Terry Farrell has launched two London housing schemes: one a 16-storey block of flats, the other a handful of £4m homes. He thinks one could be the answer to the South-east's housing shortage. So which would you put your money on? (PS: That is a trick question …)
Terry Farrell houses are a little bit like buses: no sign of any for a while and then all of a sudden 173 turn up at once. Last week, on the same night, launch parties were held for two very different London residential schemes, both designed by Farrell's hard-working practice.

In Swiss Cottage, north London, the architect has come up with a thoroughly urbane 16-storey, 170-apartment building as part of a £75m mixed-use scheme for Barratt Homes, Dawnay Day and Camden council. Across town in Petersham, in the suburbs of west London, Farrell has designed three detached houses for Berkeley Homes.

As well as their differences in size, the two schemes also have contrasting aesthetics. The Swiss Cottage scheme, called Visage, is angular and looks ready to cut its way into the busy Finchley Road that it fronts. Petersham's three houses are long, linear and laid back, their cool looks reminiscent of the American Case Study houses, known to most of us only through Julius Shulman's iconic photographs.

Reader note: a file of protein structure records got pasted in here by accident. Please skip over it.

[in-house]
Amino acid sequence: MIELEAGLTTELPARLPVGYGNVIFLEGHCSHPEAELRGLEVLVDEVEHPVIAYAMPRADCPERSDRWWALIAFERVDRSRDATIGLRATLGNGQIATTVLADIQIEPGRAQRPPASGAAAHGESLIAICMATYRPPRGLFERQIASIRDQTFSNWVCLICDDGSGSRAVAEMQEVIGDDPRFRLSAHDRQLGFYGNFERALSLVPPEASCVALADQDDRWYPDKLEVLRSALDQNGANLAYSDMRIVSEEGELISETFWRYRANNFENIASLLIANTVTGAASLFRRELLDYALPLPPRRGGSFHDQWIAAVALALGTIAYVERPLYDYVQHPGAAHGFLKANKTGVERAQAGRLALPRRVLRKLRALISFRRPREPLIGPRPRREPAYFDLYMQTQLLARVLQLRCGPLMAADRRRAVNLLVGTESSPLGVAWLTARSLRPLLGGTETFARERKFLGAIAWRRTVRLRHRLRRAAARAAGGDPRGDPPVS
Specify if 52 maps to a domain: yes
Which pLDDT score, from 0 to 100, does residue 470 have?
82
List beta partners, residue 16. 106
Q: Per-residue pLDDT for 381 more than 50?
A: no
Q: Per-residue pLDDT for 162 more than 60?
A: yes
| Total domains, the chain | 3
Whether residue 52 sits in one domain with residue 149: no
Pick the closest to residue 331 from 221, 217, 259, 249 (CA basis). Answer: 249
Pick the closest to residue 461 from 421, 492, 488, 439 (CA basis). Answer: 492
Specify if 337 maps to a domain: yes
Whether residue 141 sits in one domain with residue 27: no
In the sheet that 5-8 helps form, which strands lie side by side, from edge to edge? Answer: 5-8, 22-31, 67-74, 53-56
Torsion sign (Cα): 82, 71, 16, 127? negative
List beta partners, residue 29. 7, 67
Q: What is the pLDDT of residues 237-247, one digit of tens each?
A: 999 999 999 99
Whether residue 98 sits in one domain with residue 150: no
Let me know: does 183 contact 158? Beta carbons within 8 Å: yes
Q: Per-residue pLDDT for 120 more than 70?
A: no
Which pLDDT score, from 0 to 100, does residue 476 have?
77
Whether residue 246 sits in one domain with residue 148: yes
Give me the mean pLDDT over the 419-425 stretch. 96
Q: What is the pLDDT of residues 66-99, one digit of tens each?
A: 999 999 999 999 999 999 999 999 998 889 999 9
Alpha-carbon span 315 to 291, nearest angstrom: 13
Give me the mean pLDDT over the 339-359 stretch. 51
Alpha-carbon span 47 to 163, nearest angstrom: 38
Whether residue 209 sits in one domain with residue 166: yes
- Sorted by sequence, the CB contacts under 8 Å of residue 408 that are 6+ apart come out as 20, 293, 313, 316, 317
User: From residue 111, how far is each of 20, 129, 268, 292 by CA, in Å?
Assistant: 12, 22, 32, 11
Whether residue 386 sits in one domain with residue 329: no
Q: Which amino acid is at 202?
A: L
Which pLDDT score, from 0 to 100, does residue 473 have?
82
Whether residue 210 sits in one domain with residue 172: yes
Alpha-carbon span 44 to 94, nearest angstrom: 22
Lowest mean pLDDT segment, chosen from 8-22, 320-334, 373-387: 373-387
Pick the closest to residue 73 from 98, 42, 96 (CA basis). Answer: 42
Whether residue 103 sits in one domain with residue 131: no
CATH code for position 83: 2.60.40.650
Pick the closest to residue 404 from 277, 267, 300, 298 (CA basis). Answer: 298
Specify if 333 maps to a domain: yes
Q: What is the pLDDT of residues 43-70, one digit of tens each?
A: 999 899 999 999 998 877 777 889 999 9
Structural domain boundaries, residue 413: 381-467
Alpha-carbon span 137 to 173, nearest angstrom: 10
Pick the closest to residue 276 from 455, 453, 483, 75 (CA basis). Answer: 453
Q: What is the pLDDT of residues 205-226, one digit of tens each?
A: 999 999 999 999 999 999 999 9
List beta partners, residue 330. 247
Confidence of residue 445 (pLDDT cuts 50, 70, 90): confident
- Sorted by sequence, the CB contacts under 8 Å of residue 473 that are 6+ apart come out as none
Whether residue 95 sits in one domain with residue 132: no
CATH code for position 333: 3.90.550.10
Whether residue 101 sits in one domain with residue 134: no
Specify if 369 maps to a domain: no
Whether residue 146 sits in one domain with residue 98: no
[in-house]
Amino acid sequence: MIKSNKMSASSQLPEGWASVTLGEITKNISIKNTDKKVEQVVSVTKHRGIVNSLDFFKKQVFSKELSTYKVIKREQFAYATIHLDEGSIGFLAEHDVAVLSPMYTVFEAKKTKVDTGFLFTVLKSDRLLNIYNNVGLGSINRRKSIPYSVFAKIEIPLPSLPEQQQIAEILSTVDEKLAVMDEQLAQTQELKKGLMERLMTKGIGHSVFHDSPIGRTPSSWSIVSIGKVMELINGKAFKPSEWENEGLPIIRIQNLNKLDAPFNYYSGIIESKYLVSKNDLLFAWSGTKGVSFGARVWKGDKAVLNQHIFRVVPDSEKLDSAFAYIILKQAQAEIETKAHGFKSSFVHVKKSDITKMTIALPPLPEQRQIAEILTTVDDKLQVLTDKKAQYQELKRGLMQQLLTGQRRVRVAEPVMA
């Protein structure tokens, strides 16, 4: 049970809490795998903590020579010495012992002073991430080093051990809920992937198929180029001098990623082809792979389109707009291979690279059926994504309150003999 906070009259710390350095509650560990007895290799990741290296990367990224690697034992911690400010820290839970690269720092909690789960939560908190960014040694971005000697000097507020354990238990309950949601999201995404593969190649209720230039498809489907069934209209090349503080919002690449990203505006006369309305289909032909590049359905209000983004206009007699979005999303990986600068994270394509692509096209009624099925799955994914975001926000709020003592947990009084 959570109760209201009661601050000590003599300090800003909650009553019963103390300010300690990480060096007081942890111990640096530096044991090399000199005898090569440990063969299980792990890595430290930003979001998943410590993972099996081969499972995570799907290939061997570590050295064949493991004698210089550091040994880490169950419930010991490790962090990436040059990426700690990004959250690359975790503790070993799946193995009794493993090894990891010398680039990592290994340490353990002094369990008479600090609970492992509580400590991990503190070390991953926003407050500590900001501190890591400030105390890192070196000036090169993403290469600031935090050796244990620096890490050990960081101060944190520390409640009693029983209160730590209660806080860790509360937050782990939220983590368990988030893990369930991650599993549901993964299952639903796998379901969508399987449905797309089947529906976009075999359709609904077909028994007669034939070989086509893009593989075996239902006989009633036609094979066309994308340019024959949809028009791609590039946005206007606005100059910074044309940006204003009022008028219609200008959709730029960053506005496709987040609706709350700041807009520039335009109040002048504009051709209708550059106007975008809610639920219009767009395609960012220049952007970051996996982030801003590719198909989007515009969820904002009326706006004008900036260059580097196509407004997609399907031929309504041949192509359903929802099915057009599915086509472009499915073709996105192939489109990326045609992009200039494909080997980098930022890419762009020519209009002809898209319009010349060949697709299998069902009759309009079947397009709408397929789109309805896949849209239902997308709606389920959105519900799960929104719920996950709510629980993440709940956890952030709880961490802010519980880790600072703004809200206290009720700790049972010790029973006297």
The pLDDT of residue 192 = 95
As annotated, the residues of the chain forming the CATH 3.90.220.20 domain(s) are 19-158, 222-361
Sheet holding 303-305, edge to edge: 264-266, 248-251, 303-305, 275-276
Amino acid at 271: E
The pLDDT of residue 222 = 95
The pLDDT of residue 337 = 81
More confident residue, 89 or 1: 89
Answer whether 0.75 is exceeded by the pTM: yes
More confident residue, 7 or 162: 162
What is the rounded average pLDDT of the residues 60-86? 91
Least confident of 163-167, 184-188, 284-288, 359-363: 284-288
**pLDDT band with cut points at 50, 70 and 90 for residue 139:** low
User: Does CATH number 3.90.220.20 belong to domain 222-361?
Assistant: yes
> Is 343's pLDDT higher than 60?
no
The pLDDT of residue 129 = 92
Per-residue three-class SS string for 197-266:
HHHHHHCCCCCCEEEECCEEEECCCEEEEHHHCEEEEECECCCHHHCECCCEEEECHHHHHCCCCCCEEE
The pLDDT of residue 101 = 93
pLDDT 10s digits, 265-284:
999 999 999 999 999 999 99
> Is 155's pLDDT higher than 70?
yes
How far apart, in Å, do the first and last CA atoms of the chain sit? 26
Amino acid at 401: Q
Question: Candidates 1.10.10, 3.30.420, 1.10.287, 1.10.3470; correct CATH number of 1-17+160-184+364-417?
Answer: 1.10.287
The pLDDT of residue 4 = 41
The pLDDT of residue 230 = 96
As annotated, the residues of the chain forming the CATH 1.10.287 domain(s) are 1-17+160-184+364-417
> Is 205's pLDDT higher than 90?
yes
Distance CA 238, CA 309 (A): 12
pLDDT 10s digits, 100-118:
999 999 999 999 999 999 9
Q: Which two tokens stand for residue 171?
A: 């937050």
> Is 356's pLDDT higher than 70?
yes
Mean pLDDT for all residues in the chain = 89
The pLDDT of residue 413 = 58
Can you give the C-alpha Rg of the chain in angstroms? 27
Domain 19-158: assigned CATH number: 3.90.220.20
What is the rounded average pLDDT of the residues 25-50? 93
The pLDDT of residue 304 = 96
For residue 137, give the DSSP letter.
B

But there is a link between the two projects, says Farrell, as the Visage building is topped by an apartment that is in effect a linear courtyard house.

The architect believes that both are equally valid as urban housing solutions. The Petersham detached houses may not appear to be in tune with modern-day government thinking on planning, or solve modern housing shortages with their £4m price tag, but the architects has given that matter some thought. It has come up with a more modest 900 ft2, three-bedroom version of the house and looked at how it could be slotted into the housing growth areas. "The courtyard house has great urban potential," says Farrell.

To prove it, the architect has modelled the houses on to a map of the Thames Gateway, and fitted all the 200,000 houses the government is planning to build there under its sustainable communities plan into and around just five towns, leaving vast expanses of open land in between.

"The deputy prime minister thinks that we have got to build on all brown land, but in fact you can fit the housing required into quite small areas – and it doesn't have to be high rise," says Farrell.